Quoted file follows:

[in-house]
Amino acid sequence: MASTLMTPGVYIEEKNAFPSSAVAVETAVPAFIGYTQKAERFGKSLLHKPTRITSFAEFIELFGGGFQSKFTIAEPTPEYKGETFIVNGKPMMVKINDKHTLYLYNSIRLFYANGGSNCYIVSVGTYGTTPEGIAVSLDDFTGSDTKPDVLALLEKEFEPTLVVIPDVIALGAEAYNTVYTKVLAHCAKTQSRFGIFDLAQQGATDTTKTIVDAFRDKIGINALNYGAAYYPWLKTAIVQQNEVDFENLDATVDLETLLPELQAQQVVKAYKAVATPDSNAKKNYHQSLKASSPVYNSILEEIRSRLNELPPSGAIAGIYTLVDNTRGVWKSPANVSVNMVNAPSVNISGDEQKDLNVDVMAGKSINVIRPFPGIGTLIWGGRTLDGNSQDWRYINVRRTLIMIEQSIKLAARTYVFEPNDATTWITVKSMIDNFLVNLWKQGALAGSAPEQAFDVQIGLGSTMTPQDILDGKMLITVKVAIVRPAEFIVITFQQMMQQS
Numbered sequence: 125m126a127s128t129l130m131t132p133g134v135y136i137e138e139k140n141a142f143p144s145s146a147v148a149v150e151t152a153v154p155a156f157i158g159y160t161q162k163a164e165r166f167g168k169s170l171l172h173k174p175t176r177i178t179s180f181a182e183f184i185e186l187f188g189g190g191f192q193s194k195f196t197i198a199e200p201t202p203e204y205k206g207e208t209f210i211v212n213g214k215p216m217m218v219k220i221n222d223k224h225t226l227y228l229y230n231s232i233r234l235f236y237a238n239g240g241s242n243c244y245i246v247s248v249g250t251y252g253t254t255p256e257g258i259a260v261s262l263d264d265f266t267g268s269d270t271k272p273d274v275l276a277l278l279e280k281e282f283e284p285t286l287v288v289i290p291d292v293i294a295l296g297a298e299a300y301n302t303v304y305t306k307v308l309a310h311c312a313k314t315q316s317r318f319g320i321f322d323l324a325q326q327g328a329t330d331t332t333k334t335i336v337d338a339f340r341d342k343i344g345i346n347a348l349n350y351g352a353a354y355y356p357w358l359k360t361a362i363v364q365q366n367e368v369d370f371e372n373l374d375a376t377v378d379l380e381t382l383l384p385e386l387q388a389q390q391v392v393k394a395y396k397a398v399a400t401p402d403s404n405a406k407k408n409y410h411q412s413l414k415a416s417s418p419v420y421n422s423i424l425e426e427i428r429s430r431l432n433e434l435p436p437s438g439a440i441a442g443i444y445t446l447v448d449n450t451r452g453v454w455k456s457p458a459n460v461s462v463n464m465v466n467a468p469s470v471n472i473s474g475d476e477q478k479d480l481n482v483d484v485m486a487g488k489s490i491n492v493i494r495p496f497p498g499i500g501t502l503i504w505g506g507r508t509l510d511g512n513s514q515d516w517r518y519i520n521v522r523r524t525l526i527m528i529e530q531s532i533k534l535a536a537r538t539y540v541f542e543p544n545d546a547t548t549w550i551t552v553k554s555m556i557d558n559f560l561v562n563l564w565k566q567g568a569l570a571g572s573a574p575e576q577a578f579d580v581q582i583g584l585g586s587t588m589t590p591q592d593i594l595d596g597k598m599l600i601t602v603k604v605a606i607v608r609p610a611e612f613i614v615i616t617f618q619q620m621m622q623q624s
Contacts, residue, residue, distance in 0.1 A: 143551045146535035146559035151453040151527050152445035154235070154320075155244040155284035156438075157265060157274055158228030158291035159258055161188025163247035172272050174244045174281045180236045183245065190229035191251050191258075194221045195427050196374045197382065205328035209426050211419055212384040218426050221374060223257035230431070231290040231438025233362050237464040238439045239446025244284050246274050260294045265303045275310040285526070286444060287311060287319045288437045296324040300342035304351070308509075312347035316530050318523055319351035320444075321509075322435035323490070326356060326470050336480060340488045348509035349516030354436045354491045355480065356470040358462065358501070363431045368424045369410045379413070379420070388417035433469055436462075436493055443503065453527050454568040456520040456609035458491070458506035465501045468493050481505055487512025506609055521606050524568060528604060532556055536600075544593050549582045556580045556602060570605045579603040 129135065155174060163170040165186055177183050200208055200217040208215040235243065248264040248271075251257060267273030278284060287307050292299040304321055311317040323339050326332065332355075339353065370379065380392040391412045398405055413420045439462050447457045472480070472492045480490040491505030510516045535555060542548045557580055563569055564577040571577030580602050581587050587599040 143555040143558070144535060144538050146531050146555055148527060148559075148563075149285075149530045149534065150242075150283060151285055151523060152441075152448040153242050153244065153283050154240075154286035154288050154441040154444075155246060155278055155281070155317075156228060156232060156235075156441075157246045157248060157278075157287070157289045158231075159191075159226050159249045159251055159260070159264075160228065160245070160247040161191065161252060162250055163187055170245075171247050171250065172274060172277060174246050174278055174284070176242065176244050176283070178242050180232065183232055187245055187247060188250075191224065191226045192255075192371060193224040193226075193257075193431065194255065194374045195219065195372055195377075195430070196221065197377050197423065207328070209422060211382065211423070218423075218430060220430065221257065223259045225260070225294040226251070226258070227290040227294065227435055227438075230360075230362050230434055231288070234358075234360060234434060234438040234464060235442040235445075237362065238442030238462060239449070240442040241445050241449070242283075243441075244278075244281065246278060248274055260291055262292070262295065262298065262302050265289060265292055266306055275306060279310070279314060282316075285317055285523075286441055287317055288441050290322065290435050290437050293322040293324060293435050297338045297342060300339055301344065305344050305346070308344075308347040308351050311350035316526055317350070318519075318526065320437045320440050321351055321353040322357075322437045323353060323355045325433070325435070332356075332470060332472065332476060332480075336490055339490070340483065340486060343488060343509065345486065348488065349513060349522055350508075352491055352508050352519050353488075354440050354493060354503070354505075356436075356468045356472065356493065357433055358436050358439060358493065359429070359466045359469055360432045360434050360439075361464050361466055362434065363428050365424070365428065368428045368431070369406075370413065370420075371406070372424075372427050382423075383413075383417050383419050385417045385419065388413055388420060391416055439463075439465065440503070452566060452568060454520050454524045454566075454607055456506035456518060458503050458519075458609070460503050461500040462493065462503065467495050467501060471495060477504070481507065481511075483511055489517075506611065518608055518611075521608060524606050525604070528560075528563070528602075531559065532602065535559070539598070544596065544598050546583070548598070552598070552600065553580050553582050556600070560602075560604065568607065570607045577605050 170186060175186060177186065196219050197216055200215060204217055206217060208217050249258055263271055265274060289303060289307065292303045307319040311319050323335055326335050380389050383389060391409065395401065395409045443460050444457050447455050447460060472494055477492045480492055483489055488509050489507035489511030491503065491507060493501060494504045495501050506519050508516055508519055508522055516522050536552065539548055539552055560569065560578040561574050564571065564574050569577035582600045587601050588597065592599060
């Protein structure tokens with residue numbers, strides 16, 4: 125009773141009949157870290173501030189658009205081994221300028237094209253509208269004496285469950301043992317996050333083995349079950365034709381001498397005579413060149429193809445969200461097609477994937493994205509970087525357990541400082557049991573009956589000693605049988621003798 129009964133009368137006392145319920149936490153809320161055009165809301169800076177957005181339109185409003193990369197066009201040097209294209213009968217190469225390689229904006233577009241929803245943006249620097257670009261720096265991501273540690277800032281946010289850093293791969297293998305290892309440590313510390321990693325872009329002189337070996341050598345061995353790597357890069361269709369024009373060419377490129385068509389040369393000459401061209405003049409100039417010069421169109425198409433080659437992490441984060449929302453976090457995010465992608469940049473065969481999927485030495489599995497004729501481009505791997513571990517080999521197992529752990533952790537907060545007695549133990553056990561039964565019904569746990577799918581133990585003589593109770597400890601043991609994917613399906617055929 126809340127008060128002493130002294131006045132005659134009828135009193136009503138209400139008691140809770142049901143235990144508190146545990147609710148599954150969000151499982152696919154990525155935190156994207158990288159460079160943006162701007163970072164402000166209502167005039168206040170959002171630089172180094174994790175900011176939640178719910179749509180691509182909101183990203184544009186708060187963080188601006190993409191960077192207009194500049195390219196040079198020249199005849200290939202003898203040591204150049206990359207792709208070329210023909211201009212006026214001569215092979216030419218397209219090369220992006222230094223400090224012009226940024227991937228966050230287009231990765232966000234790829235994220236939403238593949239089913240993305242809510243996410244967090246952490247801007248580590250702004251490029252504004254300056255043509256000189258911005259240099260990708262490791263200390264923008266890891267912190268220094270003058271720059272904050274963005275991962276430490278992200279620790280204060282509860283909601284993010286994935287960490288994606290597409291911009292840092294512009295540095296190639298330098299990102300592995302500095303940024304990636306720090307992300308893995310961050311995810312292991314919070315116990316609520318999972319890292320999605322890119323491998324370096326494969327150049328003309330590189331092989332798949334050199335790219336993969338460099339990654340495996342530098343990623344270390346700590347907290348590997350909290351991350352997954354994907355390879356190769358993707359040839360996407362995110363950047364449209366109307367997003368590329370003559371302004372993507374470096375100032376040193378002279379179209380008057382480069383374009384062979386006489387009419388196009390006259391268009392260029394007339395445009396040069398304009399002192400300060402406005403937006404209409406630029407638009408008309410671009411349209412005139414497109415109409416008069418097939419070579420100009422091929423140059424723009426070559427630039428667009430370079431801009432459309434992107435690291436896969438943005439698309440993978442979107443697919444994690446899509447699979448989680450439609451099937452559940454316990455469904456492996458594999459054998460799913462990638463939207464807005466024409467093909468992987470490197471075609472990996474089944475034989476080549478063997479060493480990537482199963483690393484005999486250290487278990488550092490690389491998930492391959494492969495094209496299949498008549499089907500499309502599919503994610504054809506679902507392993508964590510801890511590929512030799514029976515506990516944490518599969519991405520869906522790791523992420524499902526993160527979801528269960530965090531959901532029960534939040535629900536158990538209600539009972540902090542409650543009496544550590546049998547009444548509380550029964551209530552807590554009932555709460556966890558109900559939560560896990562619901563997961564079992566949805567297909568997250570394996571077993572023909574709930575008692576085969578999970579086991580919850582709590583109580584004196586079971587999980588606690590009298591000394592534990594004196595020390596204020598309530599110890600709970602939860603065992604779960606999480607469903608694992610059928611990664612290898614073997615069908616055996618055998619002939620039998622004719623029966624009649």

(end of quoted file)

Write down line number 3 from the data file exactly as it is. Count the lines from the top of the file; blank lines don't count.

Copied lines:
Numbered sequence: 125m126a127s128t129l130m131t132p133g134v135y136i137e138e139k140n141a142f143p144s145s146a147v148a149v150e151t152a153v154p155a156f157i158g159y160t161q162k163a164e165r166f167g168k169s170l171l172h173k174p175t176r177i178t179s180f181a182e183f184i185e186l187f188g189g190g191f192q193s194k195f196t197i198a199e200p201t202p203e204y205k206g207e208t209f210i211v212n213g214k215p216m217m218v219k220i221n222d223k224h225t226l227y228l229y230n231s232i233r234l235f236y237a238n239g240g241s242n243c244y245i246v247s248v249g250t251y252g253t254t255p256e257g258i259a260v261s262l263d264d265f266t267g268s269d270t271k272p273d274v275l276a277l278l279e280k281e282f283e284p285t286l287v288v289i290p291d292v293i294a295l296g297a298e299a300y301n302t303v304y305t306k307v308l309a310h311c312a313k314t315q316s317r318f319g320i321f322d323l324a325q326q327g328a329t330d331t332t333k334t335i336v337d338a339f340r341d342k343i344g345i346n347a348l349n350y351g352a353a354y355y356p357w358l359k360t361a362i363v364q365q366n367e368v369d370f371e372n373l374d375a376t377v378d379l380e381t382l383l384p385e386l387q388a389q390q391v392v393k394a395y396k397a398v399a400t401p402d403s404n405a406k407k408n409y410h411q412s413l414k415a416s417s418p419v420y421n422s423i424l425e426e427i428r429s430r431l432n433e434l435p436p437s438g439a440i441a442g443i444y445t446l447v448d449n450t451r452g453v454w455k456s457p458a459n460v461s462v463n464m465v466n467a468p469s470v471n472i473s474g475d476e477q478k479d480l481n482v483d484v485m486a487g488k489s490i491n492v493i494r495p496f497p498g499i500g501t502l503i504w505g506g507r508t509l510d511g512n513s514q515d516w517r518y519i520n521v522r523r524t525l526i527m528i529e530q531s532i533k534l535a536a537r538t539y540v541f542e543p544n545d546a547t548t549w550i551t552v553k554s555m556i557d558n559f560l561v562n563l564w565k566q567g568a569l570a571g572s573a574p575e576q577a578f579d580v581q582i583g584l585g586s587t588m589t590p591q592d593i594l595d596g597k598m599l600i601t602v603k604v605a606i607v608r609p610a611e612f613i614v615i616t617f618q619q620m621m622q623q624s